There are times for all of us when all of the bad things seem to happen at onceundefinedthe planets all alignundefinedagainst us it seemsundefinedand lead to a full-on meltdown that drives us into a panic. Business results are bad or we lose several customers in a few days. Several employees suddenly decide to leave. We just get a stream of bad news. What should we do? Here are a few thoughts on how to handle things when this happens. Learn more...

Self-Employment Tax

Many self-employed individuals are shocked and dismayed when they see their annual income tax bill. This is because they must pay self-employment taxes in addition to income taxes. Many feel that they are being unfairly taxed compared to other people. However, there's more to the story. This article describes the self-employment tax and shows how it compares to the taxes paid by wage earners. Learn more...

Tips for Participating in Trade Shows

If you set up a table or staff a booth at a trade show, here are tips for making your display and participation more effective. Also, check out the photos from previous WESO events. Learn more...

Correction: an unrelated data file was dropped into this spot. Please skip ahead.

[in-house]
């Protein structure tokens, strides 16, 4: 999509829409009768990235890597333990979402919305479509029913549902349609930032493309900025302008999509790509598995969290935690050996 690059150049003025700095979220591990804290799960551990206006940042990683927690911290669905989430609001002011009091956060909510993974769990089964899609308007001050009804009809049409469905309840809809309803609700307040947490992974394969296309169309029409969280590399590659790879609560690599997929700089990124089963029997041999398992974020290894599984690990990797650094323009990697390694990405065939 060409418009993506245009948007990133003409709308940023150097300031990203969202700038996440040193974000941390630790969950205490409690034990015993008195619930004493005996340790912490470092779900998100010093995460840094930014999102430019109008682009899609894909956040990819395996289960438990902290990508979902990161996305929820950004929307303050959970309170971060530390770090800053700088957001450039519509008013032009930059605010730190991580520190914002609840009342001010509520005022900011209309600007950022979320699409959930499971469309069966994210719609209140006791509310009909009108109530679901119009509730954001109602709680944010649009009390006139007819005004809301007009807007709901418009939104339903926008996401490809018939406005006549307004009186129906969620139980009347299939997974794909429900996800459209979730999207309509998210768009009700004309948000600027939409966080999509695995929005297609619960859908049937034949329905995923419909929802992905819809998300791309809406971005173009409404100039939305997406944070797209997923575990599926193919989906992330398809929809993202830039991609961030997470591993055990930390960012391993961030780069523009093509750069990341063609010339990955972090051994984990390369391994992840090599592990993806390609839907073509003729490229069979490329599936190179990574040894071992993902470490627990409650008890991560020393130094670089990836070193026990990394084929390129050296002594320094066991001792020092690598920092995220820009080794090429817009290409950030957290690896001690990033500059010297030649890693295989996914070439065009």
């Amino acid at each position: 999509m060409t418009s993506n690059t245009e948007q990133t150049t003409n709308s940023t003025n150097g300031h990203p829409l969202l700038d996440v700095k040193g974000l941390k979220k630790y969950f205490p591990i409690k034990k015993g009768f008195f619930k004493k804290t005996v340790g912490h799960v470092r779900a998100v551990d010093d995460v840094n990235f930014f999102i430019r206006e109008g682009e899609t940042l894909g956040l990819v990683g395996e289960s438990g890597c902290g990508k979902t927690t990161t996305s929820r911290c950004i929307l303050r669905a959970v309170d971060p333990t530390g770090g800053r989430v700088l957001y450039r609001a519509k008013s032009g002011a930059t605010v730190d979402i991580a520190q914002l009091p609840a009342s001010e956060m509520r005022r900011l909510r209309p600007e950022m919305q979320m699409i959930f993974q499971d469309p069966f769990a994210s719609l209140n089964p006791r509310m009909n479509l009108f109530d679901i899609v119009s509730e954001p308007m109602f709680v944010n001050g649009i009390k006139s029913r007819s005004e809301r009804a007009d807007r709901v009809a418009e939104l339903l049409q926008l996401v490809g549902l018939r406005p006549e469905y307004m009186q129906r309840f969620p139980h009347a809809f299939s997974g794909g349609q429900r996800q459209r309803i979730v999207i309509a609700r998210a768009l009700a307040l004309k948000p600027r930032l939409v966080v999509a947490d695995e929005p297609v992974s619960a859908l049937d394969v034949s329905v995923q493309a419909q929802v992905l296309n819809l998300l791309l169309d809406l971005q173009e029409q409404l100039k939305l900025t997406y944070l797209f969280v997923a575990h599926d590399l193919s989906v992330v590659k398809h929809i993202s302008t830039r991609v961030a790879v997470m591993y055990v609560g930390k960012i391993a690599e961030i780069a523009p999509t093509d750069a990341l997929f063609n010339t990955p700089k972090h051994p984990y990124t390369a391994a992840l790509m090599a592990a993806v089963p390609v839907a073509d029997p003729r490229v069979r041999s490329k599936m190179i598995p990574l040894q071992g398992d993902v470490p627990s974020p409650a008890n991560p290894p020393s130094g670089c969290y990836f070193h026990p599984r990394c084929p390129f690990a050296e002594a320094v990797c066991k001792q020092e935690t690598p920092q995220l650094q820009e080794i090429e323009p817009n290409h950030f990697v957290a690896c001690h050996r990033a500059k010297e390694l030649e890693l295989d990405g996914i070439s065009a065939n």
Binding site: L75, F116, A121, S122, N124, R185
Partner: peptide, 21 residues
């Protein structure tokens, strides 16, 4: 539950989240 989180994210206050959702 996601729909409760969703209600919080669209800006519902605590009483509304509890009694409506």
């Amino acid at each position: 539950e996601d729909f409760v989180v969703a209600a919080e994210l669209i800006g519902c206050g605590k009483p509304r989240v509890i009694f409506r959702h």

Working the Room: Networking at Meetings and Events

Do you attend business events or meetings where you would like to promote your business one-on-one with other attendees? Are you unsure of the best way to do this or would you like to improve your technique? Here are suggestions to make the best use of your networking time at these events. Learn more...

Setting Fees for a Service Business

(adapted with permission from “Seven Ways to Set Fees” and “Calculating Minimum Hourly Fee” by Nancy Shepherdson)